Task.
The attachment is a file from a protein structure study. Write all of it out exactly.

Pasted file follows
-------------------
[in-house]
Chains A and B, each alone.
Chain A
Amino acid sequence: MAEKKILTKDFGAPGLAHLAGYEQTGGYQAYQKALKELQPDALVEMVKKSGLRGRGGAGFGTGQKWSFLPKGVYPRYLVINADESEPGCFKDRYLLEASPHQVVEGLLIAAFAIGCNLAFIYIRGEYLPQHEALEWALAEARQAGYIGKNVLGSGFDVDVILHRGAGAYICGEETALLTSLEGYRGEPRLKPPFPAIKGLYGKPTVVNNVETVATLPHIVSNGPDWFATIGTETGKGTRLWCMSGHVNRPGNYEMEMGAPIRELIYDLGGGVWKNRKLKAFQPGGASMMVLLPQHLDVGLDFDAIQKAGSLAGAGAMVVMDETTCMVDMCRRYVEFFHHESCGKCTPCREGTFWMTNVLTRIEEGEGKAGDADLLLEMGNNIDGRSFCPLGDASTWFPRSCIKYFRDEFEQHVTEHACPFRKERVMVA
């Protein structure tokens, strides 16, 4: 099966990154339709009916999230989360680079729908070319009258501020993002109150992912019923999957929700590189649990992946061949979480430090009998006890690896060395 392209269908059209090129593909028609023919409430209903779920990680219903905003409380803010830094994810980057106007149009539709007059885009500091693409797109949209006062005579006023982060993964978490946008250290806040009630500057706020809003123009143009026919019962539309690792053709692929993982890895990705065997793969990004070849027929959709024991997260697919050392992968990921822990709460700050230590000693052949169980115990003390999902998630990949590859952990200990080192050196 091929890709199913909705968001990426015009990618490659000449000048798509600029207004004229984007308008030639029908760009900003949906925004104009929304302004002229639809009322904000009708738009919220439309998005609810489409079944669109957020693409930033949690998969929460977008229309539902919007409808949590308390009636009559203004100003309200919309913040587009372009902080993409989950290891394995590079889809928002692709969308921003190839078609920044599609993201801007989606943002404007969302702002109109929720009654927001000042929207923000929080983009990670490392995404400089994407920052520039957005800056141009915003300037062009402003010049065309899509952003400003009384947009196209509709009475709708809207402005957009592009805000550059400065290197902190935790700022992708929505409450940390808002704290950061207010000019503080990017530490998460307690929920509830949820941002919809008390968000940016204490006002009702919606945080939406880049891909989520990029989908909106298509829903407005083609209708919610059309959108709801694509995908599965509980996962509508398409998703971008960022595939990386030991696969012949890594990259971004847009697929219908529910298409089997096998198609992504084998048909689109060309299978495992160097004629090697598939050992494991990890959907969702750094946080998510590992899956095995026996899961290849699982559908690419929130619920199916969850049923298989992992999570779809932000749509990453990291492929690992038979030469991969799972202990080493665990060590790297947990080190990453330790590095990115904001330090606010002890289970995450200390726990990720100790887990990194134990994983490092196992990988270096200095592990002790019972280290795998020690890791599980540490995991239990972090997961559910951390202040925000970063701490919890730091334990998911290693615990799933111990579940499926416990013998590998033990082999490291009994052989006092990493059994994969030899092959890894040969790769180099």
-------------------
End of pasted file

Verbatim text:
[in-house]
Chains A and B, each alone.
Chain A
Amino acid sequence: MAEKKILTKDFGAPGLAHLAGYEQTGGYQAYQKALKELQPDALVEMVKKSGLRGRGGAGFGTGQKWSFLPKGVYPRYLVINADESEPGCFKDRYLLEASPHQVVEGLLIAAFAIGCNLAFIYIRGEYLPQHEALEWALAEARQAGYIGKNVLGSGFDVDVILHRGAGAYICGEETALLTSLEGYRGEPRLKPPFPAIKGLYGKPTVVNNVETVATLPHIVSNGPDWFATIGTETGKGTRLWCMSGHVNRPGNYEMEMGAPIRELIYDLGGGVWKNRKLKAFQPGGASMMVLLPQHLDVGLDFDAIQKAGSLAGAGAMVVMDETTCMVDMCRRYVEFFHHESCGKCTPCREGTFWMTNVLTRIEEGEGKAGDADLLLEMGNNIDGRSFCPLGDASTWFPRSCIKYFRDEFEQHVTEHACPFRKERVMVA
């Protein structure tokens, strides 16, 4: 099966990154339709009916999230989360680079729908070319009258501020993002109150992912019923999957929700590189649990992946061949979480430090009998006890690896060395 392209269908059209090129593909028609023919409430209903779920990680219903905003409380803010830094994810980057106007149009539709007059885009500091693409797109949209006062005579006023982060993964978490946008250290806040009630500057706020809003123009143009026919019962539309690792053709692929993982890895990705065997793969990004070849027929959709024991997260697919050392992968990921822990709460700050230590000693052949169980115990003390999902998630990949590859952990200990080192050196 091929890709199913909705968001990426015009990618490659000449000048798509600029207004004229984007308008030639029908760009900003949906925004104009929304302004002229639809009322904000009708738009919220439309998005609810489409079944669109957020693409930033949690998969929460977008229309539902919007409808949590308390009636009559203004100003309200919309913040587009372009902080993409989950290891394995590079889809928002692709969308921003190839078609920044599609993201801007989606943002404007969302702002109109929720009654927001000042929207923000929080983009990670490392995404400089994407920052520039957005800056141009915003300037062009402003010049065309899509952003400003009384947009196209509709009475709708809207402005957009592009805000550059400065290197902190935790700022992708929505409450940390808002704290950061207010000019503080990017530490998460307690929920509830949820941002919809008390968000940016204490006002009702919606945080939406880049891909989520990029989908909106298509829903407005083609209708919610059309959108709801694509995908599965509980996962509508398409998703971008960022595939990386030991696969012949890594990259971004847009697929219908529910298409089997096998198609992504084998048909689109060309299978495992160097004629090697598939050992494991990890959907969702750094946080998510590992899956095995026996899961290849699982559908690419929130619920199916969850049923298989992992999570779809932000749509990453990291492929690992038979030469991969799972202990080493665990060590790297947990080190990453330790590095990115904001330090606010002890289970995450200390726990990720100790887990990194134990994983490092196992990988270096200095592990002790019972280290795998020690890791599980540490995991239990972090997961559910951390202040925000970063701490919890730091334990998911290693615990799933111990579940499926416990013998590998033990082999490291009994052989006092990493059994994969030899092959890894040969790769180099």